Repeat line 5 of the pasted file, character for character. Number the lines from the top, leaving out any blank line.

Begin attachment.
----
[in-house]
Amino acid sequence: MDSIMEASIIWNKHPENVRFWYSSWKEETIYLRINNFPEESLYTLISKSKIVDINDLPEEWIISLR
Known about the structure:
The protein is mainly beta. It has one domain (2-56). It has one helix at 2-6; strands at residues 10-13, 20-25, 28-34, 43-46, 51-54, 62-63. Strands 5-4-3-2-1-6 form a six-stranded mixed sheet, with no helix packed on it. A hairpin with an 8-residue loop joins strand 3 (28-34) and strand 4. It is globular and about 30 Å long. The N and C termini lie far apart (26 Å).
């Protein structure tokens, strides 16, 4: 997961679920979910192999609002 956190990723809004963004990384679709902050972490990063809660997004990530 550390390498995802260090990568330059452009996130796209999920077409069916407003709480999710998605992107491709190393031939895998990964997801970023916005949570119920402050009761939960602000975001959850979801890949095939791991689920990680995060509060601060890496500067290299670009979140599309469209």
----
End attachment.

């Protein structure tokens, strides 16, 4: 997961679920979910192999609002 956190990723809004963004990384679709902050972490990063809660997004990530 550390390498995802260090990568330059452009996130796209999920077409069916407003709480999710998605992107491709190393031939895998990964997801970023916005949570119920402050009761939960602000975001959850979801890949095939791991689920990680995060509060601060890496500067290299670009979140599309469209």